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It is a well-known quote by Peter Drucker that states that company culture will eat your business strategy for breakfast. I love the quote. In fact, I’ve used the quote many times myself in presentations, discussions, and in my writing when I want to make a point about how important the culture of the team or organization is to their success.

No one is plagiarizing anyone here–I give Drucker all the credit for this quote, so you don’t need to worry if I’m plagiarizing someone like FLOTUS or a potential future-FLOTUS. You can get back to your augmented reality GO-ing Pokemoners if that is what gets you all fired up when you read or hear something today.

Personally, I’ve observed that the culture of your organization is a hungry beast. It merely snacks on strategy, but can ravenously tear apart and consume the “talent” within your organization to make even the best-laid plans completely ineffective. You know the talented “A” players that I’m referring to here. The individuals that your human resources group touted as superstars and the hiring managers brought into your organization to make it thrive. Unfortunately, they all don’t keep their “A” status, and some turn out to be complete duds when culture is not a fit.

The “C” Word
It seems like just a few years ago the “C” word was on every CEO’s and executive leader’s stump speech to their organizations and team. They brought in consultants, read the constant stream of books, blogs, and articles on the subject, and instituted some new programs within the organization to improve the company culture. Human Resources stopped talking about hiring people and started talking in the terms of individuals as talent, human capital, or assets.

As I see it, culture is the collection of individuals, their actions, and their decisions within any organization. Culture can be a consuming fire if it takes a wrong turn with a few bad hires or ill-timed business decisions from the top–and where our good old friend strategy gives culture indigestion from eating too fast.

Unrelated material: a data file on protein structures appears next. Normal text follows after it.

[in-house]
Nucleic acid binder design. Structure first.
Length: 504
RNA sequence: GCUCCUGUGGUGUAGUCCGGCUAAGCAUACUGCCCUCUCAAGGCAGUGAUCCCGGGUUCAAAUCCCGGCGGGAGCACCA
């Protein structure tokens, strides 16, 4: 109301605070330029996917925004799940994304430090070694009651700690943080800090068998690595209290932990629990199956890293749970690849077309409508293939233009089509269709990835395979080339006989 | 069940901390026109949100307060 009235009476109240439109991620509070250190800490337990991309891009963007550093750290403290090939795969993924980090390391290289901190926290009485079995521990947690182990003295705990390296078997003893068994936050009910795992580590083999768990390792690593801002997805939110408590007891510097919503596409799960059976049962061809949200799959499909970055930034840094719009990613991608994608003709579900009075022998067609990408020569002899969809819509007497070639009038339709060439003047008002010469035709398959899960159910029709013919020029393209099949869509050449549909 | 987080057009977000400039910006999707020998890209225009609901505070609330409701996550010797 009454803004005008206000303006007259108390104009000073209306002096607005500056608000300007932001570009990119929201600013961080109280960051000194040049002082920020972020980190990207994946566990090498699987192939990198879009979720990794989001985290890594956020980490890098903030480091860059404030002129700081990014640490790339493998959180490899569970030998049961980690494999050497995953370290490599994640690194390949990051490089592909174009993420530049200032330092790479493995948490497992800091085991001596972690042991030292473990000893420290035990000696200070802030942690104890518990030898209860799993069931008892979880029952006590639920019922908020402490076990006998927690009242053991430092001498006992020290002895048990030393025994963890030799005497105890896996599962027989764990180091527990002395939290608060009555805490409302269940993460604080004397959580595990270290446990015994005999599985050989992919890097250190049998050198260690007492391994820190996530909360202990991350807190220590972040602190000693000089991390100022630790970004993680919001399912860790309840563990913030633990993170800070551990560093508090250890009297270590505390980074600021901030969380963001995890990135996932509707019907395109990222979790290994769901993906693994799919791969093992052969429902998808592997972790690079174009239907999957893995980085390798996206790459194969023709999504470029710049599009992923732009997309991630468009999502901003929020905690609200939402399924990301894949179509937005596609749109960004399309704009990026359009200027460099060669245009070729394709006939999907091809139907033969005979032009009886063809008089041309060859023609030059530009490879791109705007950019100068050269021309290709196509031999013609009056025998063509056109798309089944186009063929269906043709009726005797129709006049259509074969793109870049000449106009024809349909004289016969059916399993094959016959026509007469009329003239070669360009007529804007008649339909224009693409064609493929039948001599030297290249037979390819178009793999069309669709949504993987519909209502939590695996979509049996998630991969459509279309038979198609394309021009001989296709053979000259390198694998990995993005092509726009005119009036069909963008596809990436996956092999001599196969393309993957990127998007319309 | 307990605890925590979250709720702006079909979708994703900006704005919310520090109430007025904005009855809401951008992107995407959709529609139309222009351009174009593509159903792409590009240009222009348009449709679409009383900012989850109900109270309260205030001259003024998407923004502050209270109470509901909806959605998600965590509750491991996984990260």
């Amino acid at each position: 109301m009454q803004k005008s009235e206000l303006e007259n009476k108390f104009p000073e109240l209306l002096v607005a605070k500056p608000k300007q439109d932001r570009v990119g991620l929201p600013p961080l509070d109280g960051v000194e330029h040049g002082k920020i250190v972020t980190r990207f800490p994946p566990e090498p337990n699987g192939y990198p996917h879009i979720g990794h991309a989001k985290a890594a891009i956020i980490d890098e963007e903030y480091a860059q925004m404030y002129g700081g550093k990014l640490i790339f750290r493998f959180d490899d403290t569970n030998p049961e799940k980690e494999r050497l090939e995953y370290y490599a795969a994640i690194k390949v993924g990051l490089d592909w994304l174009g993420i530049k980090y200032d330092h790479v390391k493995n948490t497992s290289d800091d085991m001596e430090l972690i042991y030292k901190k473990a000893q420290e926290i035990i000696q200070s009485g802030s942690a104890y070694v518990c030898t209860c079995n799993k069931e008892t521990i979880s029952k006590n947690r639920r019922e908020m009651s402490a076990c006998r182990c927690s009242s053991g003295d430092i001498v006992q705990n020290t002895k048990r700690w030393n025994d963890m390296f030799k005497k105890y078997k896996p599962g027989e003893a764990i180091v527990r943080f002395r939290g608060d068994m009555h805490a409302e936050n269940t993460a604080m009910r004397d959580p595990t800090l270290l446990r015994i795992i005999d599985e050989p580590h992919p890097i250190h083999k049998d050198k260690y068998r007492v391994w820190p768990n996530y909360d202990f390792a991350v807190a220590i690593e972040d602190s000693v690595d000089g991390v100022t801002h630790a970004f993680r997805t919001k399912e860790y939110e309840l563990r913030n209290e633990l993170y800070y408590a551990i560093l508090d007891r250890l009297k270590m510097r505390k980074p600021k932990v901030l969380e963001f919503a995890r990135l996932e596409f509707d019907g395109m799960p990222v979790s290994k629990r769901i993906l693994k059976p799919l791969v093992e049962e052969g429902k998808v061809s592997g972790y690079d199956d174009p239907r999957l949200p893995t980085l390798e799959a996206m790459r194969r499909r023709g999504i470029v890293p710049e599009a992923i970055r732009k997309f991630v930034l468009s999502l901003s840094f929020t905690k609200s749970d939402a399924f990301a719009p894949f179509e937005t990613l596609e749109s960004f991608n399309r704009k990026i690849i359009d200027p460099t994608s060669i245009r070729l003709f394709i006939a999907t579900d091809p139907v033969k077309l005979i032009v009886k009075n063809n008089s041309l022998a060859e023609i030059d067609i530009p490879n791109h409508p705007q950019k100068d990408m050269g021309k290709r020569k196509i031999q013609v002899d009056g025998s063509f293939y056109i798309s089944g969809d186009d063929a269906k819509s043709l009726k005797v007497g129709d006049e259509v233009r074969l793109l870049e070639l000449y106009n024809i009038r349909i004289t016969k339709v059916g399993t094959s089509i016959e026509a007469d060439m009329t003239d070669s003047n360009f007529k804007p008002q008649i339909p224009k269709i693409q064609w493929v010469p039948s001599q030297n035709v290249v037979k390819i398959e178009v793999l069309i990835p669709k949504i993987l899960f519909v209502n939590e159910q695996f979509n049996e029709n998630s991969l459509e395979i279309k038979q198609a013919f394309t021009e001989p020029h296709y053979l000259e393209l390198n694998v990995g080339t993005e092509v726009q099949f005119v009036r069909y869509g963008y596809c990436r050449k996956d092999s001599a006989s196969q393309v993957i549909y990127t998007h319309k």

Not Always an “A”
Most of us have probably heard the expression to “Bring your ‘A’ game.” If not, we welcome you from under your rock. It is the cliche of cliches in business. As if every employee packs a bag each morning and says, “I don’t know. This “A” game feels too heavy to carry today. I think I’ll bring my “D” game today with my Cheeto finger dust on it today because I like to lower the bar to keep things interesting.” That is an over exaggeration, but there are some who I have worked with that assume some employees make those types of decisions daily. Personally, I think there are far fewer empty bags of Cheetos lying around than other managers do and I will cover more below on why I think that way.

I’ve seen it firsthand as organizations can take an “A” player and turn them into a “C, D, or F” if the culture suddenly shifts and no longer fits with the reason you attracted that talent in the first place. In fact, I’ve experienced it personally.

Culture Shift
I’ve seen it happen to some great companies that allowed poor hiring practices and urgency when times were good to bring on the wrong people. They make what I have heard it referred to as a “Bozo Explosion.” When this occurs in your organization, it is not the “A” players skills and abilities that leave your organization, they do.

How do you prevent this from happening at your organization? You have to be always reading the proverbial tea leaves. Listen and learn. Usually, there are signs. Not the Mel Gibson movie “Signs” from the 90’s kind by M. Knight Shyamalan, but maybe leave out some glasses of water and get your aluminum foil hats on just in case. Only kidding.

Send in the Clowns
Some individuals leave quickly at the first clown sighting, while others might hold out hope that the there must have been a temporary glitch at the mainframe and the boat will stop rocking.

Have you heard of the concept of the “new normal?” People tend to say things like, “I can’t wait for things to get back to normal.” Unfortunately, normal is not something that stays in stasis. Like our company cultures, it is ever evolving based on what is happening around us every day. We don’t see the tectonic shifts many times until the quake has swallowed up our department with clown shoes, red noses, and curly rainbow hair is the new casual Friday. We sometimes miss it because we are wearing our “back-to-normal” blinders.

I’m not suggesting that we have to be on constant alert that the culture of our organization is making a turn for the worse every time we bring someone in that is new or has different ideas. Things like change, a fresh perspective, and new leadership can be good. Most of these clowns in my experience will absolutely consume your culture and manufacture tickets to the Town of Chaos are the inspiration for books, blogs, and articles about bad bosses. They come in all shapes, sizes, and from various backgrounds. There is too much on those topics for me to touch on in this blog today in great detail.